03/21/2013 10:18 EDT | Updated 05/21/2013 05:12 EDT

Local politicians react to federal budget

With $4.7 billion a year earmarked for infrastructure over the next 10 years, today’s unveiling of the 2013 federal budget is, according to local politicians, a step in the right direction — if a little underwhelming.

“The figure I’ve heard is impressive, but it’s well less than what we thought it was going to be or what we asked for,” said Montreal city councillor and STM vice-chair Marvin Rotrand.

He said he supported New Democratic Party MP Olivia Chow’s bid to implement a national public transit strategy, and was disappointed to find out public transit had been lumped in with infrastructure.

He called for a public transit plan that would be “recurrent, provisable and indexed,” and said that Montreal supports the Federation of Canadian Municipalities’ demand for $6.5 billion a year.

Still, he said the annual $4.7 billion is “a place we can start from.”

Projet Montreal leader Richard Bergeron said the budget is workable, but the onus is on the province to invest the money it receives from the federal government wisely.

“It’s not a bad budget if we consider the federal government did its job today, but Quebec has to do its own job now,” he said.

“I hope that this time, Quebec will decide to invest in Montreal and in public transit in Montreal. We will pressure Quebec to make sure this happens.”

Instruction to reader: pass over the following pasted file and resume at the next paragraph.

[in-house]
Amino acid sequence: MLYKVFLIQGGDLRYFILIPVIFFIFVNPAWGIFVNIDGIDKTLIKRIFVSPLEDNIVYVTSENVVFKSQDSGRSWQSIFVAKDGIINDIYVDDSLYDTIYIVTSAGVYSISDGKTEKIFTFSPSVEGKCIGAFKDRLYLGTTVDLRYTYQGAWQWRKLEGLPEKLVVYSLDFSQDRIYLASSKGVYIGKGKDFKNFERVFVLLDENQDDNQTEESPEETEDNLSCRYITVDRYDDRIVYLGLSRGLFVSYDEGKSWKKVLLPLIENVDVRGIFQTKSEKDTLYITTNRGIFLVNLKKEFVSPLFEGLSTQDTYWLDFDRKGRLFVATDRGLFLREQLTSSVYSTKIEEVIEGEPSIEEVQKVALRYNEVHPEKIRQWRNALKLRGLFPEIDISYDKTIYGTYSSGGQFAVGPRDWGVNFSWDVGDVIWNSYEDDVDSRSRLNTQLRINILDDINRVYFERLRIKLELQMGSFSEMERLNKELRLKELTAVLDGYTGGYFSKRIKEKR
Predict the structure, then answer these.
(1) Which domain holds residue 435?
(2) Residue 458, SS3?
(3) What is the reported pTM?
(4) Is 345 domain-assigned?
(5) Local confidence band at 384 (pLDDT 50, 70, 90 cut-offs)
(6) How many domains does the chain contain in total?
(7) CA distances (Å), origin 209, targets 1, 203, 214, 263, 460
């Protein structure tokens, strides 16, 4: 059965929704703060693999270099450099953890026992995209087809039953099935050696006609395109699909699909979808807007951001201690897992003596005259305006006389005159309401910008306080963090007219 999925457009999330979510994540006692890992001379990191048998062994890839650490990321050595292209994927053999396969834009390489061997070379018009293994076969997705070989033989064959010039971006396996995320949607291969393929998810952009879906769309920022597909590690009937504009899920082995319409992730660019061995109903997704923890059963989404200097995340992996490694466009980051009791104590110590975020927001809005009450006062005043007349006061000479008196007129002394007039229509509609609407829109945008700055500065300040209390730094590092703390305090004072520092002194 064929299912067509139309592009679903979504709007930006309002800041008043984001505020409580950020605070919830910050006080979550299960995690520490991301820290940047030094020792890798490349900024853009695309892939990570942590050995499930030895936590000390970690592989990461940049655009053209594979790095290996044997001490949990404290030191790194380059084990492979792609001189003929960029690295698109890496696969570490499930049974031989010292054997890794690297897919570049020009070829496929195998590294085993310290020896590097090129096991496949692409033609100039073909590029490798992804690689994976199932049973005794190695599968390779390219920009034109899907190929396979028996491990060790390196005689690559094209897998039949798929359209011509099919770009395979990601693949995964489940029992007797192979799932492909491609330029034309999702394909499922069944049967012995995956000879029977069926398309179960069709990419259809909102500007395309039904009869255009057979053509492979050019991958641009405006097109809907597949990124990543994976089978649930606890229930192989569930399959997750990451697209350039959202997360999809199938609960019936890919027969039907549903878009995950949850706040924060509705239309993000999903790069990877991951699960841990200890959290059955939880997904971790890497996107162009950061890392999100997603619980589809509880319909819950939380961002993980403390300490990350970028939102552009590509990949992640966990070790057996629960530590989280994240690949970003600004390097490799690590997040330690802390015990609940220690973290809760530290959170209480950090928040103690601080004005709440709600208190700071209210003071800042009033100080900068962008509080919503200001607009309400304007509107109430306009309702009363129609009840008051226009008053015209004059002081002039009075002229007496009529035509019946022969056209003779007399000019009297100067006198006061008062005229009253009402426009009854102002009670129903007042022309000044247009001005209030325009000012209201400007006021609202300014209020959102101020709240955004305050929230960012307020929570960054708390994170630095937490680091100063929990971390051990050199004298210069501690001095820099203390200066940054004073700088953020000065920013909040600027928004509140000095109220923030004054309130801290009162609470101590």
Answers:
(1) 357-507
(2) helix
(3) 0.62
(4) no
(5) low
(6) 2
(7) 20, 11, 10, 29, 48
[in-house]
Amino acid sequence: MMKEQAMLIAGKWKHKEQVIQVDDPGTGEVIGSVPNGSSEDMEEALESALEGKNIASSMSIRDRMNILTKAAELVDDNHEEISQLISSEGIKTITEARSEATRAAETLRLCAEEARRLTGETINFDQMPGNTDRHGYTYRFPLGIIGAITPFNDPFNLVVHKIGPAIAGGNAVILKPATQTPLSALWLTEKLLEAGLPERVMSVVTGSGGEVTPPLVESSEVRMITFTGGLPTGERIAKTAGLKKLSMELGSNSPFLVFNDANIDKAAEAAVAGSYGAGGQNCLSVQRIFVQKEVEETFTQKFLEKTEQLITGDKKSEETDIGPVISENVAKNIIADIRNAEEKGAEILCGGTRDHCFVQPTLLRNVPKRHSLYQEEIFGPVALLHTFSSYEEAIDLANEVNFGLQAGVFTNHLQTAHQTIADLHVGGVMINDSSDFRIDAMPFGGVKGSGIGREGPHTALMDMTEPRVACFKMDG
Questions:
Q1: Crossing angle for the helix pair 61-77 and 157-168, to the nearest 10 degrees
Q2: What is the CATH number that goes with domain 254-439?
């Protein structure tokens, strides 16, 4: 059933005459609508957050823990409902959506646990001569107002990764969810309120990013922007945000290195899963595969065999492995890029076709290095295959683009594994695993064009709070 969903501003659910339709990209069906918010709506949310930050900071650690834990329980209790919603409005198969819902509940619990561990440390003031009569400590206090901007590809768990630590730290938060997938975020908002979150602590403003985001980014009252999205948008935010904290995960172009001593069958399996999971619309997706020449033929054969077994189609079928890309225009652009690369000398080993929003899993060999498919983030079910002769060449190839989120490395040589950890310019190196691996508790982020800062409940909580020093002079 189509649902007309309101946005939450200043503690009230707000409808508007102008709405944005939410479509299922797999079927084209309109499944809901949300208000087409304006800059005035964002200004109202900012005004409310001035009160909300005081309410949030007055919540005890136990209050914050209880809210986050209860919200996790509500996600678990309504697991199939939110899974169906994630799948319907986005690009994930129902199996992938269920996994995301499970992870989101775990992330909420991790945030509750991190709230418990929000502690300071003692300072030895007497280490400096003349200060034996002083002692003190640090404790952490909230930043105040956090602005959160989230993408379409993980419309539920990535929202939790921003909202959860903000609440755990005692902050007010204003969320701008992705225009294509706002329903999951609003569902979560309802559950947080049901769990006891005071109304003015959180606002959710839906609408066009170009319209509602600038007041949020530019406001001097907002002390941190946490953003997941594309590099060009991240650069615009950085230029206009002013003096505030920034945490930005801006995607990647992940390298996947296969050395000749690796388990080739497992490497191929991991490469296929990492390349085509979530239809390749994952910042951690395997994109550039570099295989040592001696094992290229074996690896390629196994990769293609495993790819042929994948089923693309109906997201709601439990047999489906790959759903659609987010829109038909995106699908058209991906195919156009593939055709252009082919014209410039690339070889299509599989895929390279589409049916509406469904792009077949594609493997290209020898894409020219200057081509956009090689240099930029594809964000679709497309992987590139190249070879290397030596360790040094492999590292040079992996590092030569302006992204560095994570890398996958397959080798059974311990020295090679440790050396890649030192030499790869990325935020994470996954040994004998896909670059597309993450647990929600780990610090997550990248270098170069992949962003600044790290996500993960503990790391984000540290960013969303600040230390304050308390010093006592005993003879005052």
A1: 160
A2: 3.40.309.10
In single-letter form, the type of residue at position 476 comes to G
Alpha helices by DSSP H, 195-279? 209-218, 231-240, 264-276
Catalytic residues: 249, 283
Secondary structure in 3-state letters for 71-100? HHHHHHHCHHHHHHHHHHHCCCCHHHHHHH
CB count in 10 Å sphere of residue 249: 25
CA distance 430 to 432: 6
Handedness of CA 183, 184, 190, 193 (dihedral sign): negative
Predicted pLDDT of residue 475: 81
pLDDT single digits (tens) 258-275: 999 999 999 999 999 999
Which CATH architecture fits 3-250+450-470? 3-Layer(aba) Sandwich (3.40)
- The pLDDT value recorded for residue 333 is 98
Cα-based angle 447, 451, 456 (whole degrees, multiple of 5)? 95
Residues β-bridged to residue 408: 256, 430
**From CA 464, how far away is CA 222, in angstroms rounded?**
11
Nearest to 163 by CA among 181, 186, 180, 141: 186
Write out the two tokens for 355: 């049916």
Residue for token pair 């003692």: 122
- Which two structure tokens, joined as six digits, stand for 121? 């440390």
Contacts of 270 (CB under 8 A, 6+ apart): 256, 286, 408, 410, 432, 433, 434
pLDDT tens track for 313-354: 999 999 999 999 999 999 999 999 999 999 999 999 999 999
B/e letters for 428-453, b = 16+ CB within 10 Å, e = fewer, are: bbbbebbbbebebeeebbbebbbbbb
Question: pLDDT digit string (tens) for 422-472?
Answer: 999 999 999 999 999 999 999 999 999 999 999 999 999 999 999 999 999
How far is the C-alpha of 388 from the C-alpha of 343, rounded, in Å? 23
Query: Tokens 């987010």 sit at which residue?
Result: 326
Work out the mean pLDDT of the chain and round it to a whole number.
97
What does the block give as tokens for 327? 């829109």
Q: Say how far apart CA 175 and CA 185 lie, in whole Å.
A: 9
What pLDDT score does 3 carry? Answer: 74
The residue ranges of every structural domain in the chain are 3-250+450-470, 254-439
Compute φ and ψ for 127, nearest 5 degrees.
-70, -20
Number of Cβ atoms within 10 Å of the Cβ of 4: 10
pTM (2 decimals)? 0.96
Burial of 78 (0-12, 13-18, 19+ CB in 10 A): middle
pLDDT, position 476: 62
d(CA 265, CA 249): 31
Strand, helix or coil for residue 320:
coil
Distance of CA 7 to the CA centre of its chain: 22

Bergeron pointed to the money earmarked for social housing and homelessness as good news, and said he hopes Montreal will see a healthy portion of those funds.

"An attack on Quebec's way of doing things"

But several items in the 2013 budget have left some of Montreal’s and Quebec’s plans in the lurch.

The $125 million set aside for the temporary causeway between Nuns’ Island and the South Shore was good news, but the federal input towards the cost of the new Champlain Bridge was left unclear.

Quebec finance minister Nicolas Marceau was also disappointed with the strings attached to the federal government’s overhauled job training program, which will require provinces to meet certain criteria in order to continue receiving funding.

“We have our own ways of doing things,” he said.

“For example, in labour training we have our own programs, which are working well.”

Marceau also pointed to the phasing out of a federal tax credit for investments in union solidarity funds, which he said pumps hundreds of millions of dollars into Quebec companies, and creates jobs.

He said Quebec was being singled out by the federal government.

“This is clearly an attack on our way of doing things here in Quebec,” he said.

“These funds have been extremely useful in the past. they are providing $600 million per year to our firms, to our businesses.”

Marceau said what Quebec is asking the federal government for is block transfers instead of having money transferred project by project.

“We think we are in a better position than the federal government to establish priorities.”